What freelance writer doesnâ€™t dream of snagging a magazine writing assignment for newsstand favorites such asÂ Menâ€™s Health, SELF,Â orÂ GQ?
HeavyweightÂ magazinesÂ may be hard to crack, but with smart, persistent strategy, it’s possibleÂ â€”Â even if youâ€™ve never had a national magazine writing assignment before.
Here are the tips that helped me land aÂ magazine writing assignment for Runnerâ€™s World.
Embrace the pre-interview
When I first started pitching, I tried to get by without doing any pre-interviews. Why spend my time finding an expert and interviewing them, if I’m not even sure the article idea will sell?
But I always ended up with anemic, generic query lettersÂ that didnâ€™t get any traction. Once I started doing pre-interviews, I sold more articles â€” which means less of my pitching time is wasted on queries that don’t sell.
Pre-interviews make your pitches meaty. Not only can you include juicy, pithy expert quotes, but your pitch will come across as authoritative because you will be far more knowledgeable about the subject.
When you find someone youâ€™d like to pre-interview, reach out with a simple, professional email. Through practice, Iâ€™ve come up with a successful formula:
[Email Subject Line:] Writer Inquiry: Nailing That First Pullup
Good afternoon Ms. Expert,
My name is Lauren Bedosky, and Iâ€™m a Minnesota-based health and fitness writer. Iâ€™m working on a pitch for Big Name Magazine that offers readers tips for nailing their first pullup. I read your great article on the subject on Health & Fitness website, and Iâ€™m hoping to have a short, 10-minute phone conversation with you.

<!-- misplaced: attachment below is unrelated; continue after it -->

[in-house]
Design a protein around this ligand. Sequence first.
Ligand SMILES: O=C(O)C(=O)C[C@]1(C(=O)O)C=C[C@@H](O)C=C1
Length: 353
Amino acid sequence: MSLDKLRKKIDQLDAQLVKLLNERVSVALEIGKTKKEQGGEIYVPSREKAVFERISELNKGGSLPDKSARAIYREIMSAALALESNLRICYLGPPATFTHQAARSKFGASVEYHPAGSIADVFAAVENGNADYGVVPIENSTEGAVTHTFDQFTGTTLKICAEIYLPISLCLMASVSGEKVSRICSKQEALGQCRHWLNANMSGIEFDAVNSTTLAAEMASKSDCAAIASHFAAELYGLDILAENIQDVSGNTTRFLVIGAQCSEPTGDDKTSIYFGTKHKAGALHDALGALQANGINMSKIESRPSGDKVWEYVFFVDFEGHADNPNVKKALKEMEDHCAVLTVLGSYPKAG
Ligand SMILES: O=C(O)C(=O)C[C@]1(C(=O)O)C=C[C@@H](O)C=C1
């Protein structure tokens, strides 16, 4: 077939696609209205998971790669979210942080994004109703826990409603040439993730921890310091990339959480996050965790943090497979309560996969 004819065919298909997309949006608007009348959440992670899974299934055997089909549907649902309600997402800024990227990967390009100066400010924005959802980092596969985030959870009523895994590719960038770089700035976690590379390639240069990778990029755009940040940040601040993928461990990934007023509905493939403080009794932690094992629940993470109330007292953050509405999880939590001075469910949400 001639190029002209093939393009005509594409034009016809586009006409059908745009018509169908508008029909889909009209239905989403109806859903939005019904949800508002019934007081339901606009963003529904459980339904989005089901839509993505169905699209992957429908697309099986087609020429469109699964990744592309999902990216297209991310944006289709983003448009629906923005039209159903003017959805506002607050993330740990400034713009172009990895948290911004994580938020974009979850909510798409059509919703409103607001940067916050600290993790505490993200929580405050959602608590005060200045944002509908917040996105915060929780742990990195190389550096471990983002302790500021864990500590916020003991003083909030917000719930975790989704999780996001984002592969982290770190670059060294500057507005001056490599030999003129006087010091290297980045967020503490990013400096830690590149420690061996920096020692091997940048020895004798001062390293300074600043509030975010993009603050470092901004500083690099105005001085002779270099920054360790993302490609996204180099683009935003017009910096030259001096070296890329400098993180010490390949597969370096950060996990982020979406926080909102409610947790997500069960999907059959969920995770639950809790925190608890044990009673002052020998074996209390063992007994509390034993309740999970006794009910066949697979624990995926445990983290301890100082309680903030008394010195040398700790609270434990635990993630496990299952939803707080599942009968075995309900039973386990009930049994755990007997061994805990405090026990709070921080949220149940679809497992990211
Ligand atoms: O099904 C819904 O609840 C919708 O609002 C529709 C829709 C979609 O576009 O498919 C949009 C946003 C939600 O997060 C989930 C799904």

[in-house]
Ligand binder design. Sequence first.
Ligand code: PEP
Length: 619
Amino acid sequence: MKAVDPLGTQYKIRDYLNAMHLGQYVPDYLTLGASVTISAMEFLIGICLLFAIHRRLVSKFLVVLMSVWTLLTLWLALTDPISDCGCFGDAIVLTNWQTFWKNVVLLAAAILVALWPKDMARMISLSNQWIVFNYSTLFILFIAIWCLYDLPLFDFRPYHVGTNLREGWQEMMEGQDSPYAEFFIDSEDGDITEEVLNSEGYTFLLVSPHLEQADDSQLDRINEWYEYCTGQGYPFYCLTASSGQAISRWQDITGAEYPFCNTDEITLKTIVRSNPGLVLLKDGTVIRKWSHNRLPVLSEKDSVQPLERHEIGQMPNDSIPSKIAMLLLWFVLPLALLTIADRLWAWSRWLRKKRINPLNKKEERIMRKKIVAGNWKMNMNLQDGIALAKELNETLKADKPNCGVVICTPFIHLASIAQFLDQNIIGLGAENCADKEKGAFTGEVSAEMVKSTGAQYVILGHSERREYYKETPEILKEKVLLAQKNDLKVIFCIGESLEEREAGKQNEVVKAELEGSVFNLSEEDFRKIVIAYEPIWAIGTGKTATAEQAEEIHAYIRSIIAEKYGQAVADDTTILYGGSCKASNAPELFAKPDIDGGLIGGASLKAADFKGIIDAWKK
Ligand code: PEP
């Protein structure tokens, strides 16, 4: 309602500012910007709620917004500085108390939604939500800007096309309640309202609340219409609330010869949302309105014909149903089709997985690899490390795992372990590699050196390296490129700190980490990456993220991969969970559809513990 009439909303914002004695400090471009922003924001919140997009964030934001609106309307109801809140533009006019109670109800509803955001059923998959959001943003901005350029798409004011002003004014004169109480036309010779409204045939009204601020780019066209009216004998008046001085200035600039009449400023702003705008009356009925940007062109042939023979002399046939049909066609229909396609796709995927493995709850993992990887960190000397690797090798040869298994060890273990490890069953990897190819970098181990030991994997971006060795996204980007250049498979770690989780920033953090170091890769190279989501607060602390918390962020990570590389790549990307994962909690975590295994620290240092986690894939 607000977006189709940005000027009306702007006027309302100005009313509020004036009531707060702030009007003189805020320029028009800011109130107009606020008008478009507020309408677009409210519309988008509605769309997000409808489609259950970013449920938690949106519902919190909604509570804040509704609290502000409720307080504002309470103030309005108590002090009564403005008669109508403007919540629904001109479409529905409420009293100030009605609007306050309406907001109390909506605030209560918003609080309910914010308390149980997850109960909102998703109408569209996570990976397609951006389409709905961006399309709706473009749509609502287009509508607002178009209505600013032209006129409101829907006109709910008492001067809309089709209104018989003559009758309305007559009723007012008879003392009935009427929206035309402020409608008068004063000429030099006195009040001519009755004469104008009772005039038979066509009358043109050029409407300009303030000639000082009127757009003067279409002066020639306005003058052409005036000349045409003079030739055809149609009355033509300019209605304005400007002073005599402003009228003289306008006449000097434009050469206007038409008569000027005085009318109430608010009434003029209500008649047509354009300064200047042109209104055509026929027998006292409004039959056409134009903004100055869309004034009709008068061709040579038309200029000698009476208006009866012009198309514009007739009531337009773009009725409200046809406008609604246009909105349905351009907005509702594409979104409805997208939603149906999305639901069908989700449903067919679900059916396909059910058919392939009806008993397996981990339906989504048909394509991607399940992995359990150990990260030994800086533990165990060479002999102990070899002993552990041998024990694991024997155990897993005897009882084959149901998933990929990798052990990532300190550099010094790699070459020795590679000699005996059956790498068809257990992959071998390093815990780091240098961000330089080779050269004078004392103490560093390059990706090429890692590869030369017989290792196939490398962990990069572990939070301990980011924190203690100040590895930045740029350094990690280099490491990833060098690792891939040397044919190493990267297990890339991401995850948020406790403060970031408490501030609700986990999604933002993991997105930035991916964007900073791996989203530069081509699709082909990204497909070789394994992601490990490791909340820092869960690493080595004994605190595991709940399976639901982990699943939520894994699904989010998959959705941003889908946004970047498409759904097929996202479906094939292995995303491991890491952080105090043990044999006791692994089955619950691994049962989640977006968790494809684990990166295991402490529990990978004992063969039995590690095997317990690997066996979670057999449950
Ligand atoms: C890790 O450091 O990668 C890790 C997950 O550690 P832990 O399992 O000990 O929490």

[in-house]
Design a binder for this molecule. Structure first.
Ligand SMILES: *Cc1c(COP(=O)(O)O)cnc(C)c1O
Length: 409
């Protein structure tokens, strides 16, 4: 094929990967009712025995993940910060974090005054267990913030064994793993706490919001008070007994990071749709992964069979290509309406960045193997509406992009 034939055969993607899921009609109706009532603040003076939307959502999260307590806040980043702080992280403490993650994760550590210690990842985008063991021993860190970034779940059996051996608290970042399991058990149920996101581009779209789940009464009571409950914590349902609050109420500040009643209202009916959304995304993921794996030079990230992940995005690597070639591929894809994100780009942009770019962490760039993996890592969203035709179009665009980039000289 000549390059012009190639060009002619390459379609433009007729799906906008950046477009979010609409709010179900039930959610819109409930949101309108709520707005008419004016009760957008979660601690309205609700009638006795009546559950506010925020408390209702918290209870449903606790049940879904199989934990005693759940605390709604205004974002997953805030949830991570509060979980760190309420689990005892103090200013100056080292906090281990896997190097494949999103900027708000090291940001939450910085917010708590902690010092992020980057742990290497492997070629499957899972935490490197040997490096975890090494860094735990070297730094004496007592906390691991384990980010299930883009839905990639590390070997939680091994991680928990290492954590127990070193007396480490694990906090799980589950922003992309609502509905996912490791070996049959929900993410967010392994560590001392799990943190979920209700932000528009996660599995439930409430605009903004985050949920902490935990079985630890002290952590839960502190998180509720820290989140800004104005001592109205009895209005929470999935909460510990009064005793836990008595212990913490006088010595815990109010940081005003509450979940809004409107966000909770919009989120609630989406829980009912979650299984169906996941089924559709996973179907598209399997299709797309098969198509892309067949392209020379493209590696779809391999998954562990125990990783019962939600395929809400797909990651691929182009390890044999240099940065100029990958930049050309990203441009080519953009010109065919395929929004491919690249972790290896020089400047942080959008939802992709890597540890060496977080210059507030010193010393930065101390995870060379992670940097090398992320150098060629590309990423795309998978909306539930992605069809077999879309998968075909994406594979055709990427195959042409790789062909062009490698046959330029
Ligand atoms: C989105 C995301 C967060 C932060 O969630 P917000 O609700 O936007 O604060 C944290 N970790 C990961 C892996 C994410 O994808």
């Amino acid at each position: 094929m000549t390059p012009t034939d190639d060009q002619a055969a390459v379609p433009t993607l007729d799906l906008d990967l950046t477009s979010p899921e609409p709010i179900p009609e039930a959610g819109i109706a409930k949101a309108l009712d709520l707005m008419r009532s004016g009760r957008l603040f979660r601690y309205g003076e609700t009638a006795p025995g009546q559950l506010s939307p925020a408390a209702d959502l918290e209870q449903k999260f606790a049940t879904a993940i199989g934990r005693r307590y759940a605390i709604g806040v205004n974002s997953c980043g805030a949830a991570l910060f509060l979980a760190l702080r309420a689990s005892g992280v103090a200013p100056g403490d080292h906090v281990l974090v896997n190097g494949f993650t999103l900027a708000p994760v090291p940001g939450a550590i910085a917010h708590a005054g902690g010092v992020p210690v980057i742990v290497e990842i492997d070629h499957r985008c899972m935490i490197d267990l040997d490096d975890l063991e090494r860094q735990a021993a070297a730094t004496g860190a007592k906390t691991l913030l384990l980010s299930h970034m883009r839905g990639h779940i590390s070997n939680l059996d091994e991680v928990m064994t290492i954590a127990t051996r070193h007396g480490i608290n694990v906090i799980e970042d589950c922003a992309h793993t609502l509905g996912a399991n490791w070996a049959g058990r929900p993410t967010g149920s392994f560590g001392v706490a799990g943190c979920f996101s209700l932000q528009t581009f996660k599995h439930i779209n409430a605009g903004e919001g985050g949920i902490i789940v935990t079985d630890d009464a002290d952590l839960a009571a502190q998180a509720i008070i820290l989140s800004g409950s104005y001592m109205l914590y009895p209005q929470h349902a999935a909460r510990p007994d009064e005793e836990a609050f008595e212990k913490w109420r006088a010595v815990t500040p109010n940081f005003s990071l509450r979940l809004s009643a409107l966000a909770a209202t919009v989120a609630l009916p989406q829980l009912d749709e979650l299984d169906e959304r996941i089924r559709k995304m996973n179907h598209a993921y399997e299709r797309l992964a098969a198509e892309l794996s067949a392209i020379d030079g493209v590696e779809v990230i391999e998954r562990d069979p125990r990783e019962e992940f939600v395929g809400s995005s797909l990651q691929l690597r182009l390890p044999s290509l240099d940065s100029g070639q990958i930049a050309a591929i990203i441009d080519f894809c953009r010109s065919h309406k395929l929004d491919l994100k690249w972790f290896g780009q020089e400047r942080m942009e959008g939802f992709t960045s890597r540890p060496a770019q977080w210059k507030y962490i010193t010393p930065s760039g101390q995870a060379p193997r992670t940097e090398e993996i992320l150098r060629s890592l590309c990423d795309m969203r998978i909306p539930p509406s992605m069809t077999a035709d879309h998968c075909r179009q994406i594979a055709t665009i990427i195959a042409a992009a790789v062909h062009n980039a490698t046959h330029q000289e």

Are you available sometime in the next couple of weeks?
Thanks for your time,
Hire a coach or find a writer buddy who can look over your pitches and give you feedback. A fresh pair of eyes can spot holes in your logic and tell you if your idea is compelling enough to catch an editorâ€™s attention.
Itâ€™s way better to get that feedback early in the process, instead of further down the line when youâ€™ve invested a great deal of time and energy.
Create a follow-up plan
Some writers donâ€™t bother following up on pitches they send, but if I put a lot of work into a pitch, the last thing I want to do is give up on an editor after one go. In fact, most of the responses I get come from sending a quick follow-up email two weeks after the initial pitch.
Itâ€™s up to you how detailed youâ€™d like to be. I keep a simple Google spreadsheet where I track pitches sent and responses received. Keeping a spreadsheet also helps me identify new markets to target if my pitch fails to land anywhere.
Once you hit â€œSendâ€ on a pitch, itâ€™s tempting to spend the rest of the day watching your inbox.
But trust me, your time is better spent working on the next pitch. The more solid ideas you have, the more chances of nabbing an assignment. I’ve kept busy pitching, which has lead to a second assignment from Runner’s World and one from Redbook.
In fact, I often respond to rejection emails by offering another idea. Doing so keeps the conversation going and helps build that critical editor-writer relationship.
How have you gotten assignments from editors? Tell us in the comments below.
Lauren Bedosky is a Minneapolis-based health and fitness writer whoâ€™s written for Runnerâ€™s World, Experience Life, and others.